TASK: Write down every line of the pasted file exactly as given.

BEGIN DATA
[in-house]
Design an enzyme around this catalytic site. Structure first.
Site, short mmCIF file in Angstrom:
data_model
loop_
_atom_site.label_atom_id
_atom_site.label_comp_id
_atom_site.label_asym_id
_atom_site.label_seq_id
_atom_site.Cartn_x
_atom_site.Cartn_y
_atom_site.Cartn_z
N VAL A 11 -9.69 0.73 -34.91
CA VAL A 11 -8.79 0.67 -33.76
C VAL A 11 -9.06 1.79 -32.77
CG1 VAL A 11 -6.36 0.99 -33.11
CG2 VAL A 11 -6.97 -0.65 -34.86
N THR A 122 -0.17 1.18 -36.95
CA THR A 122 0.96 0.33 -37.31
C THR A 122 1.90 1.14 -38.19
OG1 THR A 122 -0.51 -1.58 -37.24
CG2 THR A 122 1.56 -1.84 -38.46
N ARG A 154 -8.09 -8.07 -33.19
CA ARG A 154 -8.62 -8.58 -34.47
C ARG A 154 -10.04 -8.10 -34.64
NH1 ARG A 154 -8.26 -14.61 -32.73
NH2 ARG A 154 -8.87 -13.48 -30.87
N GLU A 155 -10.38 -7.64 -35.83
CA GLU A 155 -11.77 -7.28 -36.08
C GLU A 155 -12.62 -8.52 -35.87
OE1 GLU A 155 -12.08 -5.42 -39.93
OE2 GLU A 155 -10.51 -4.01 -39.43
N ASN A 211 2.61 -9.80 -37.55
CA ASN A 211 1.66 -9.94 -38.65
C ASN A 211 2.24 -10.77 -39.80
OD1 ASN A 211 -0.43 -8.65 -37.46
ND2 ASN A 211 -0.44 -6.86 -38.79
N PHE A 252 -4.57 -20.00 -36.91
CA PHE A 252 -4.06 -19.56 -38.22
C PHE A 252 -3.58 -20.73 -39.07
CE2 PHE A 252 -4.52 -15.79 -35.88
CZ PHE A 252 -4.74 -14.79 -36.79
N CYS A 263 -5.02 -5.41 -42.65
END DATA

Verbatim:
[in-house]
Design an enzyme around this catalytic site. Structure first.
Site, short mmCIF file in Angstrom:
data_model
loop_
_atom_site.label_atom_id
_atom_site.label_comp_id
_atom_site.label_asym_id
_atom_site.label_seq_id
_atom_site.Cartn_x
_atom_site.Cartn_y
_atom_site.Cartn_z
N VAL A 11 -9.69 0.73 -34.91
CA VAL A 11 -8.79 0.67 -33.76
C VAL A 11 -9.06 1.79 -32.77
CG1 VAL A 11 -6.36 0.99 -33.11
CG2 VAL A 11 -6.97 -0.65 -34.86
N THR A 122 -0.17 1.18 -36.95
CA THR A 122 0.96 0.33 -37.31
C THR A 122 1.90 1.14 -38.19
OG1 THR A 122 -0.51 -1.58 -37.24
CG2 THR A 122 1.56 -1.84 -38.46
N ARG A 154 -8.09 -8.07 -33.19
CA ARG A 154 -8.62 -8.58 -34.47
C ARG A 154 -10.04 -8.10 -34.64
NH1 ARG A 154 -8.26 -14.61 -32.73
NH2 ARG A 154 -8.87 -13.48 -30.87
N GLU A 155 -10.38 -7.64 -35.83
CA GLU A 155 -11.77 -7.28 -36.08
C GLU A 155 -12.62 -8.52 -35.87
OE1 GLU A 155 -12.08 -5.42 -39.93
OE2 GLU A 155 -10.51 -4.01 -39.43
N ASN A 211 2.61 -9.80 -37.55
CA ASN A 211 1.66 -9.94 -38.65
C ASN A 211 2.24 -10.77 -39.80
OD1 ASN A 211 -0.43 -8.65 -37.46
ND2 ASN A 211 -0.44 -6.86 -38.79
N PHE A 252 -4.57 -20.00 -36.91
CA PHE A 252 -4.06 -19.56 -38.22
C PHE A 252 -3.58 -20.73 -39.07
CE2 PHE A 252 -4.52 -15.79 -35.88
CZ PHE A 252 -4.74 -14.79 -36.79
N CYS A 263 -5.02 -5.41 -42.65